There is no denying that the world of science is not what it should be in many ways. There have been lots of flaws found within many different studies and well, sometimes things just aren’t what they seem.
Don’t get me wrong, science is a wonderful thing that can do a lot of good in this world but far too many are allowing the corporate world to control them. They force the pieces to fit even when they don’t and it is becoming a real issue. While we are told that we should take scientific proof as an ultimate truth, many things we believe to be true turn out to be disproved years down the line. Everything can and should be questioned when it comes to the world of science.
Science is something that has to be updated constantly otherwise it becomes outdated. We are forever improving and making discoveries that change things. What is true now might not be true in a few years. A study published in the Public Library of Science Journal back in 2009 actually showed that up to about 72 percent of scientists admitted their colleagues were carrying out questionable research practices, we can assume that number has increased in this day and age.
The frequency with which scientists fabricate and falsify data, or commit other forms of scientific misconduct is a matter of controversy. Many surveys have asked scientists directly whether they have committed or know of a colleague who committed research misconduct, but their results appeared difficult to compare and synthesize. This is the first meta-analysis of these surveys.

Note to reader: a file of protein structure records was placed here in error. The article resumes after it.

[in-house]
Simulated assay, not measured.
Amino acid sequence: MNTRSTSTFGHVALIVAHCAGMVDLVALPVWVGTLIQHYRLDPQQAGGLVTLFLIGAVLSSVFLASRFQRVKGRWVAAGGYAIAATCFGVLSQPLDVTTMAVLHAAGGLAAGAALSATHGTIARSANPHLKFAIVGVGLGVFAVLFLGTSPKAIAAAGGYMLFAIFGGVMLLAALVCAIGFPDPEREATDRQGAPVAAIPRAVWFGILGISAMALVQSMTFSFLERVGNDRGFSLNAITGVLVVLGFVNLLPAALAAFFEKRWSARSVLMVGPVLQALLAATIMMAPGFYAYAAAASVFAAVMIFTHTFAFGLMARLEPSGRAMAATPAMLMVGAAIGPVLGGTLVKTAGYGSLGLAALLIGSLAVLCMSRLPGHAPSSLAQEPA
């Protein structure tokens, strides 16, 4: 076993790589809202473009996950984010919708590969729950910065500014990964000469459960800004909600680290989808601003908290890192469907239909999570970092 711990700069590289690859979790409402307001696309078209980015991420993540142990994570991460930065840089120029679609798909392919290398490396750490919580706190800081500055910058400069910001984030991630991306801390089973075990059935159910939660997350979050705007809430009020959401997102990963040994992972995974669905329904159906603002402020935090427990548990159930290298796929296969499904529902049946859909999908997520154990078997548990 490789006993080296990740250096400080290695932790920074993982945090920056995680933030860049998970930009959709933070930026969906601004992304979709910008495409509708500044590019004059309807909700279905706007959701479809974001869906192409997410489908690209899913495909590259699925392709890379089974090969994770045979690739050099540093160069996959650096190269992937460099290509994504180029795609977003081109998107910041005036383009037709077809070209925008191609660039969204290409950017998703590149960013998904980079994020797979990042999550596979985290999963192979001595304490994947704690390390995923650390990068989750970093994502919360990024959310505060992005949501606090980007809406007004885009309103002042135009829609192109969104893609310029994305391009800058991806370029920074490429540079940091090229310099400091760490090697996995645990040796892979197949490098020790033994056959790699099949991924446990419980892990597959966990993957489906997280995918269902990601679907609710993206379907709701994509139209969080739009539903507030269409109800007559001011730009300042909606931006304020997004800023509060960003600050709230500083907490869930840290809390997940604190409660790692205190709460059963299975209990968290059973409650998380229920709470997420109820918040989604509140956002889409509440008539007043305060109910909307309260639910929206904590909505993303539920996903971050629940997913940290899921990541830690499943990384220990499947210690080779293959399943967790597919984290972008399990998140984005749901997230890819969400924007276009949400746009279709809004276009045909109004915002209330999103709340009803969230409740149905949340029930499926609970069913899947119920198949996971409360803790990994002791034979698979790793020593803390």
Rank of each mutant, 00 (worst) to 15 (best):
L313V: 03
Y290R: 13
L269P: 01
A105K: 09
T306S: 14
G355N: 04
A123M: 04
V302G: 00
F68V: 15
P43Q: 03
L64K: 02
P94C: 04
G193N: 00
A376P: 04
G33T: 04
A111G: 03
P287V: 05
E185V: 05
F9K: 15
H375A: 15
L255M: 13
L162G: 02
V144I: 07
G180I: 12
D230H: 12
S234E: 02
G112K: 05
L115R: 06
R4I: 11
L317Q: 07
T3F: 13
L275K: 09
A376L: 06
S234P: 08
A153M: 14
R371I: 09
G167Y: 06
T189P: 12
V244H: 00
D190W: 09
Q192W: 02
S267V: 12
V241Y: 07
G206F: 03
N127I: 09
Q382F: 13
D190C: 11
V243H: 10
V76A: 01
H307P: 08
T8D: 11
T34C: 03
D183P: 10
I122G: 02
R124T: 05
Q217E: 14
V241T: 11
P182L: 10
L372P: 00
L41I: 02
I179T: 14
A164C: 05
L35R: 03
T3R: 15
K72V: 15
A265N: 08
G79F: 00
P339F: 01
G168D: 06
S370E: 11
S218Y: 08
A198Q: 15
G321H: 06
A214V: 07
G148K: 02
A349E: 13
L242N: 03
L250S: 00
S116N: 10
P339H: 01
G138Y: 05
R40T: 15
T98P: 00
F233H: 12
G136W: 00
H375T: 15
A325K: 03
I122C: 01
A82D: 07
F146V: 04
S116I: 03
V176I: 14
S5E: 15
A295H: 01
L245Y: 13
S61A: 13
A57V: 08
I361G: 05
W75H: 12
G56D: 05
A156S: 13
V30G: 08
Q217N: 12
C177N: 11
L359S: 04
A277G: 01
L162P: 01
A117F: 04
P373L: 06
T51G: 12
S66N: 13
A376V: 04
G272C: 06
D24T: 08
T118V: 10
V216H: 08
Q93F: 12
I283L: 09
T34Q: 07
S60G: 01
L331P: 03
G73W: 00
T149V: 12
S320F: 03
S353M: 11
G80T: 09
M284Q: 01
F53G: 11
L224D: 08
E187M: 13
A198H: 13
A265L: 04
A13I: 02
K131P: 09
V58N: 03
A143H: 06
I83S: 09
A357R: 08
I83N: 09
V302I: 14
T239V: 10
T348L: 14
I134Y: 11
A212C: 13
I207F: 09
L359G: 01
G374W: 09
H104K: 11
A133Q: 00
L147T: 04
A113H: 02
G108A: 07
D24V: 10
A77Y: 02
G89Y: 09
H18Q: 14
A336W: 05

To standardize outcomes, the number of respondents who recalled at least one incident of misconduct was calculated for each question, and the analysis was limited to behaviours that distort scientific knowledge: fabrication, falsification, “cooking” of data, etc… Survey questions on plagiarism and other forms of professional misconduct were excluded. The final sample consisted of 21 surveys that were included in the systematic review, and 18 in the meta-analysis.
A pooled weighted average of 1.97% (N = 7, 95%CI: 0.86–4.45) of scientists admitted to have fabricated, falsified or modified data or results at least once –a serious form of misconduct by any standard– and up to 33.7% admitted other questionable research practices. In surveys asking about the behavior of colleagues, admission rates were 14.12% (N = 12, 95% CI: 9.91–19.72) for falsification, and up to 72% for other questionable research practices. Meta-regression showed that self reports surveys, surveys using the words “falsification” or “fabrication”, and mailed surveys yielded lower percentages of misconduct. When these factors were controlled for, misconduct was reported more frequently by medical/pharmacological researchers than others.
Considering that these surveys ask sensitive questions and have other limitations, it appears likely that this is a conservative estimate of the true prevalence of scientific misconduct.
Corruption can be found in all parts of the world. The scientific community is not off limits and the fact that things are always changing makes manipulation even easier on those who intend to do it. When it comes to figuring out what to believe, looking into things yourself and doing your own research will make a huge difference.
Sometimes the things we think we can trust aren’t exactly what we think they are. We shouldn’t blindly believe anything at all. Scientists are still human and humans can be swayed through many different means.
Image via The Crazz Files